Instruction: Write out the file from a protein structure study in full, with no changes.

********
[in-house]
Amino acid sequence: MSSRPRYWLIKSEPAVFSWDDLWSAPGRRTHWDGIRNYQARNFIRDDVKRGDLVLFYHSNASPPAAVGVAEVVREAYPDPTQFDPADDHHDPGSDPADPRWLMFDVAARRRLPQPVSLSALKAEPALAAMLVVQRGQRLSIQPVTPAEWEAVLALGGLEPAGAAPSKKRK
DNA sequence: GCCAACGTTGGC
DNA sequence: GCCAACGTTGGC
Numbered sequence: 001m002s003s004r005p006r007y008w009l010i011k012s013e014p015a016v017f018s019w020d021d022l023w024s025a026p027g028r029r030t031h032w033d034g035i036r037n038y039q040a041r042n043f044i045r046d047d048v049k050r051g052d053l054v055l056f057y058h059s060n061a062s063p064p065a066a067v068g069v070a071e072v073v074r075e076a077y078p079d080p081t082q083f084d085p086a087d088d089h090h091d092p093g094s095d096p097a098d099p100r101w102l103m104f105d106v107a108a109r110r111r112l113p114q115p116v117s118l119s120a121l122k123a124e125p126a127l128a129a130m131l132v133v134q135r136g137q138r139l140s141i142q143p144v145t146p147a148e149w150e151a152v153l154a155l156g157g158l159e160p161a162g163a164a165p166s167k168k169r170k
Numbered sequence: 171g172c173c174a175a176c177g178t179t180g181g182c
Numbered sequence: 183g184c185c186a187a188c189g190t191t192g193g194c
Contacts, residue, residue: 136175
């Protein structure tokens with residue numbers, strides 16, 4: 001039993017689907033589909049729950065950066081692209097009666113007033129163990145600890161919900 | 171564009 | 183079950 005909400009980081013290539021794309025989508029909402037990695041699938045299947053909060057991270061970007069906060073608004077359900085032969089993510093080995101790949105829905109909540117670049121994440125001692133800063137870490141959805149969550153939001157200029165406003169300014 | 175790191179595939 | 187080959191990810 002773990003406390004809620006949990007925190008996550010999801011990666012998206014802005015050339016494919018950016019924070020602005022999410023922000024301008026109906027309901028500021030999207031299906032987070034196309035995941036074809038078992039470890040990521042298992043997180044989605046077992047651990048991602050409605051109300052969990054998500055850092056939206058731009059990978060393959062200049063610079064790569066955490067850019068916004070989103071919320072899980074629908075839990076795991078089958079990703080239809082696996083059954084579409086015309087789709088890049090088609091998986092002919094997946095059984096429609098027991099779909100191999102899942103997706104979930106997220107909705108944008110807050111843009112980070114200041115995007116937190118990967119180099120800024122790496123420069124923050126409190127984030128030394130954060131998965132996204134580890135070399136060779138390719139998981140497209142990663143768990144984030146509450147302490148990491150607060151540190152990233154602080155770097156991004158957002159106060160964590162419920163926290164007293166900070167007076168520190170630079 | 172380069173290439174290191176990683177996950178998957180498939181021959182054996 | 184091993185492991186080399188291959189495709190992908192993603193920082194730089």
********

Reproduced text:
[in-house]
Amino acid sequence: MSSRPRYWLIKSEPAVFSWDDLWSAPGRRTHWDGIRNYQARNFIRDDVKRGDLVLFYHSNASPPAAVGVAEVVREAYPDPTQFDPADDHHDPGSDPADPRWLMFDVAARRRLPQPVSLSALKAEPALAAMLVVQRGQRLSIQPVTPAEWEAVLALGGLEPAGAAPSKKRK
DNA sequence: GCCAACGTTGGC
DNA sequence: GCCAACGTTGGC
Numbered sequence: 001m002s003s004r005p006r007y008w009l010i011k012s013e014p015a016v017f018s019w020d021d022l023w024s025a026p027g028r029r030t031h032w033d034g035i036r037n038y039q040a041r042n043f044i045r046d047d048v049k050r051g052d053l054v055l056f057y058h059s060n061a062s063p064p065a066a067v068g069v070a071e072v073v074r075e076a077y078p079d080p081t082q083f084d085p086a087d088d089h090h091d092p093g094s095d096p097a098d099p100r101w102l103m104f105d106v107a108a109r110r111r112l113p114q115p116v117s118l119s120a121l122k123a124e125p126a127l128a129a130m131l132v133v134q135r136g137q138r139l140s141i142q143p144v145t146p147a148e149w150e151a152v153l154a155l156g157g158l159e160p161a162g163a164a165p166s167k168k169r170k
Numbered sequence: 171g172c173c174a175a176c177g178t179t180g181g182c
Numbered sequence: 183g184c185c186a187a188c189g190t191t192g193g194c
Contacts, residue, residue: 136175
């Protein structure tokens with residue numbers, strides 16, 4: 001039993017689907033589909049729950065950066081692209097009666113007033129163990145600890161919900 | 171564009 | 183079950 005909400009980081013290539021794309025989508029909402037990695041699938045299947053909060057991270061970007069906060073608004077359900085032969089993510093080995101790949105829905109909540117670049121994440125001692133800063137870490141959805149969550153939001157200029165406003169300014 | 175790191179595939 | 187080959191990810 002773990003406390004809620006949990007925190008996550010999801011990666012998206014802005015050339016494919018950016019924070020602005022999410023922000024301008026109906027309901028500021030999207031299906032987070034196309035995941036074809038078992039470890040990521042298992043997180044989605046077992047651990048991602050409605051109300052969990054998500055850092056939206058731009059990978060393959062200049063610079064790569066955490067850019068916004070989103071919320072899980074629908075839990076795991078089958079990703080239809082696996083059954084579409086015309087789709088890049090088609091998986092002919094997946095059984096429609098027991099779909100191999102899942103997706104979930106997220107909705108944008110807050111843009112980070114200041115995007116937190118990967119180099120800024122790496123420069124923050126409190127984030128030394130954060131998965132996204134580890135070399136060779138390719139998981140497209142990663143768990144984030146509450147302490148990491150607060151540190152990233154602080155770097156991004158957002159106060160964590162419920163926290164007293166900070167007076168520190170630079 | 172380069173290439174290191176990683177996950178998957180498939181021959182054996 | 184091993185492991186080399188291959189495709190992908192993603193920082194730089």